- For each additional State Forest Campground in a jurisdiction, the number of employed people increased by 27.
- Each acre of an inland lake a jurisdiction has translated into an additional $4.80 in per capita income.
- If a jurisdiction was identified as having important or significant bird habitat, population was expected to increase by 136 people.
- Each additional marina in a jurisdiction was associated with an additional 34 employed people.
A key finding from this analysis is that natural features, green infrastructure and other natural amenities not only deliver individual pecuniary benefits, but that they influence the economies of places. The results of this study clearly demonstrate that natural assets can be important to the economic performance of local communities in Michigan, and the report presents 20 different recommendations for policy, outreach, funding and research, including:
- Michigan should develop a green economy plan that incorporates ideas about how its natural resource base can be leveraged to help position its economy for long-term success, while improving the health of Michigan’s natural assets and environment. The People and Land Initiative identified Natural Resources for Recreation and Jobs as a “Pillar for Prosperity,” but no definitive plan exists to reach such an objective. We recommend that the administration should direct its agencies to collaborate and deliver a plan for securing and improving Michigan's natural resources for place-base economic development, quality of life, recreation and talent attraction. If there is a prosperity pathway through “green,” Michigan should be the state that’s leading the nation.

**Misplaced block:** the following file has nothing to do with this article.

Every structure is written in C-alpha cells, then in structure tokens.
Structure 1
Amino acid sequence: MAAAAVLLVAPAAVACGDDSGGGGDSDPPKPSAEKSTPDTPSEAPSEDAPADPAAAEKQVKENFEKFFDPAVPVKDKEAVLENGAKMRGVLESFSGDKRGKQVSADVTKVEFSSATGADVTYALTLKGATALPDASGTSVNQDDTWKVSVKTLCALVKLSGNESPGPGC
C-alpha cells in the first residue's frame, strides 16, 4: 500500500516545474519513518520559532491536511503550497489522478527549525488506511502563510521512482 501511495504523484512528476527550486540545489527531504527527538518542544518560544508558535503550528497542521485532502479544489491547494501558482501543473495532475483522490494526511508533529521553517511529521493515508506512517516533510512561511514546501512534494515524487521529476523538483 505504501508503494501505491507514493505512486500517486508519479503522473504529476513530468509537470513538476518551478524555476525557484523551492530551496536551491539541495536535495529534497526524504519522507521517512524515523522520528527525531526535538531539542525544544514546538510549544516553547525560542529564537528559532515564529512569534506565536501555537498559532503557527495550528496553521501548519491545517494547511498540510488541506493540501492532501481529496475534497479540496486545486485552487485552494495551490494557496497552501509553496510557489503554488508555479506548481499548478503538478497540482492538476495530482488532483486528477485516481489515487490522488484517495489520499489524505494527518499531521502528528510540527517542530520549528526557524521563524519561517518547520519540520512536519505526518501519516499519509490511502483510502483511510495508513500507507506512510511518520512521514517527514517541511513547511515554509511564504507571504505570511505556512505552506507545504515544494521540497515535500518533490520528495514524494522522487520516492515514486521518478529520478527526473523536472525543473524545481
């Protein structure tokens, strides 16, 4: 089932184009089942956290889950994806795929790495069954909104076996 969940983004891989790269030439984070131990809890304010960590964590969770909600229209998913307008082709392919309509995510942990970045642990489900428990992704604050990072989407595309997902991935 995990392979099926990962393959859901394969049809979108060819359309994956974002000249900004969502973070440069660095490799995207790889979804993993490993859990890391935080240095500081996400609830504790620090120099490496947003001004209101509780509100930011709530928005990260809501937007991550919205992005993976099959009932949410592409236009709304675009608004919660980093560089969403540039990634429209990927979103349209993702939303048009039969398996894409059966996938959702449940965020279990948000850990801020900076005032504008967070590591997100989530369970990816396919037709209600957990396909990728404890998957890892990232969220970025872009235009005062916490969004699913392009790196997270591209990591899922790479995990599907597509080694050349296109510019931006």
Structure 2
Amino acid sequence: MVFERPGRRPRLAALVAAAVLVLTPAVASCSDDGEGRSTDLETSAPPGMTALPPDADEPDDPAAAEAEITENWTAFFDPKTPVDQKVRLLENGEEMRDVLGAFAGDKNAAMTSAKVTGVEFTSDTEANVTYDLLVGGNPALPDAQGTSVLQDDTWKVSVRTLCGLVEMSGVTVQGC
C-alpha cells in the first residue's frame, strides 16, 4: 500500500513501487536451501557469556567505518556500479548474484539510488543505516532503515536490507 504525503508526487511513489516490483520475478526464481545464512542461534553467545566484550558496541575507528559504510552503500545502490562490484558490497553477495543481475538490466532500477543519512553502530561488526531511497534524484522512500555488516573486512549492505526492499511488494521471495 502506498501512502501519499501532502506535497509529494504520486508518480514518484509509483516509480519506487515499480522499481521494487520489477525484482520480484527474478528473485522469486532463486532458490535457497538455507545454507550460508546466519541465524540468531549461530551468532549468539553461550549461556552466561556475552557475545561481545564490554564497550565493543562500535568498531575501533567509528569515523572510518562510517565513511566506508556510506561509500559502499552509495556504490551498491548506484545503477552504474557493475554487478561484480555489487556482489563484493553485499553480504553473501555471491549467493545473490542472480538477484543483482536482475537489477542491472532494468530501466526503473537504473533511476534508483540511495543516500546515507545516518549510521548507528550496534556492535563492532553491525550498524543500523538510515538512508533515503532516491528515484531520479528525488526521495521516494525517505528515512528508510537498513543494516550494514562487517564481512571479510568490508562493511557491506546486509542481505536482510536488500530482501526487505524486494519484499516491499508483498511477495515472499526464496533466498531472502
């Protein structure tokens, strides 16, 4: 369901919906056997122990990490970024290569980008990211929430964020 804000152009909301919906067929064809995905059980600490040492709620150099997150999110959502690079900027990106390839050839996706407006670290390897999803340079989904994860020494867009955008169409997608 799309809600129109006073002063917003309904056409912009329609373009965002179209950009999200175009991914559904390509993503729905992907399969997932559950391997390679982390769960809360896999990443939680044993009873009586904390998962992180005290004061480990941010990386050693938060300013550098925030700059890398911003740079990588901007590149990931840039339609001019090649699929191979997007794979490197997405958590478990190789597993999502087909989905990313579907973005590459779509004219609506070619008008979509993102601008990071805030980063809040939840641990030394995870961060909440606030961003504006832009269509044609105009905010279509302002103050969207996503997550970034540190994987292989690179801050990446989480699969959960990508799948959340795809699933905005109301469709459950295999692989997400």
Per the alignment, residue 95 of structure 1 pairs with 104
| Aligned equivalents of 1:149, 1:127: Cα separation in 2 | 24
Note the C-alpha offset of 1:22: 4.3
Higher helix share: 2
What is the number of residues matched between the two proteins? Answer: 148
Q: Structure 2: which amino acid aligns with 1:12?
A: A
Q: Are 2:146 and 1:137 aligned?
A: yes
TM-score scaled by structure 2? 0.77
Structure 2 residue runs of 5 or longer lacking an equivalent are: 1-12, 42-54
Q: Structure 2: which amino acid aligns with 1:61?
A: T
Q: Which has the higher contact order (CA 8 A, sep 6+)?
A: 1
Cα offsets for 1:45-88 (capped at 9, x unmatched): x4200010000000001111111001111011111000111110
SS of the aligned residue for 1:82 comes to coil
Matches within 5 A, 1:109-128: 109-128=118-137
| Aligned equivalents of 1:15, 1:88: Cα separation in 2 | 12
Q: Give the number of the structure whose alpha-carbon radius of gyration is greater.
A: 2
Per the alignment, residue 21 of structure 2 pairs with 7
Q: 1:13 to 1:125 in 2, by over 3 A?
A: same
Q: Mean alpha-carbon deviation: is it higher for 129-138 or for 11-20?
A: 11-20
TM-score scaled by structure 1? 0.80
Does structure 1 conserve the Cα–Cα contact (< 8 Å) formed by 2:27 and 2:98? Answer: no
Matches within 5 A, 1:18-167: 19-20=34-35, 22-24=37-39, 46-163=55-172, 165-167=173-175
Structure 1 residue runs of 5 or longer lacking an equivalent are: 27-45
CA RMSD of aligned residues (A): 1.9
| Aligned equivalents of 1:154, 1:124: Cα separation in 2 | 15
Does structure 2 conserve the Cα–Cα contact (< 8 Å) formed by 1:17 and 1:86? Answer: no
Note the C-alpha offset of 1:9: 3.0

- One of the unique observations resulting from this study is that people are attracted to both employment centers and natural assets. However, employment centers in Michigan are typically highly urbanized. Urban and suburban communities have an excellent opportunity to increase their locational competitiveness by maintaining, restoring and enhancing their unique natural assets.